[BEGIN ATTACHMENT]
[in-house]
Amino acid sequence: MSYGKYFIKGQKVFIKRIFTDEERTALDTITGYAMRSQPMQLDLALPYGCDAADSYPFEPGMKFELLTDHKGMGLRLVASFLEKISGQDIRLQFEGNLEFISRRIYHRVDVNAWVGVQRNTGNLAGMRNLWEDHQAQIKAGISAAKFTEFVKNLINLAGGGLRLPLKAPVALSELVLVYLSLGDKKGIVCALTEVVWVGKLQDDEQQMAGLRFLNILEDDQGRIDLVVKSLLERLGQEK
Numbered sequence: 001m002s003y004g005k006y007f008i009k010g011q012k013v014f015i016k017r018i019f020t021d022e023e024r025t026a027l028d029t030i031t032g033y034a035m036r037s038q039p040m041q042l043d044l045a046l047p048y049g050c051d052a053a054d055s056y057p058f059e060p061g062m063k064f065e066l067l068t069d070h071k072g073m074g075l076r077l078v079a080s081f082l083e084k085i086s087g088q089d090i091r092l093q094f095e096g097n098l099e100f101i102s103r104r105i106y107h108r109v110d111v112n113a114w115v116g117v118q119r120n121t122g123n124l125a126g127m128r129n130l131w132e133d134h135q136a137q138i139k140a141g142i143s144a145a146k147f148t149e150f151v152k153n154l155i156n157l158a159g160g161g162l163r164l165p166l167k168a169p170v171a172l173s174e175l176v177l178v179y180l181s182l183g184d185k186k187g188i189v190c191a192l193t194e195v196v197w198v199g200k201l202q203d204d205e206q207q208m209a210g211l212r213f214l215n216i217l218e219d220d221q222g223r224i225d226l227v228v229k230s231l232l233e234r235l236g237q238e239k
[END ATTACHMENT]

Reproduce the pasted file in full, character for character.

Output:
[in-house]
Amino acid sequence: MSYGKYFIKGQKVFIKRIFTDEERTALDTITGYAMRSQPMQLDLALPYGCDAADSYPFEPGMKFELLTDHKGMGLRLVASFLEKISGQDIRLQFEGNLEFISRRIYHRVDVNAWVGVQRNTGNLAGMRNLWEDHQAQIKAGISAAKFTEFVKNLINLAGGGLRLPLKAPVALSELVLVYLSLGDKKGIVCALTEVVWVGKLQDDEQQMAGLRFLNILEDDQGRIDLVVKSLLERLGQEK
Numbered sequence: 001m002s003y004g005k006y007f008i009k010g011q012k013v014f015i016k017r018i019f020t021d022e023e024r025t026a027l028d029t030i031t032g033y034a035m036r037s038q039p040m041q042l043d044l045a046l047p048y049g050c051d052a053a054d055s056y057p058f059e060p061g062m063k064f065e066l067l068t069d070h071k072g073m074g075l076r077l078v079a080s081f082l083e084k085i086s087g088q089d090i091r092l093q094f095e096g097n098l099e100f101i102s103r104r105i106y107h108r109v110d111v112n113a114w115v116g117v118q119r120n121t122g123n124l125a126g127m128r129n130l131w132e133d134h135q136a137q138i139k140a141g142i143s144a145a146k147f148t149e150f151v152k153n154l155i156n157l158a159g160g161g162l163r164l165p166l167k168a169p170v171a172l173s174e175l176v177l178v179y180l181s182l183g184d185k186k187g188i189v190c191a192l193t194e195v196v197w198v199g200k201l202q203d204d205e206q207q208m209a210g211l212r213f214l215n216i217l218e219d220d221q222g223r224i225d226l227v228v229k230s231l232l233e234r235l236g237q238e239k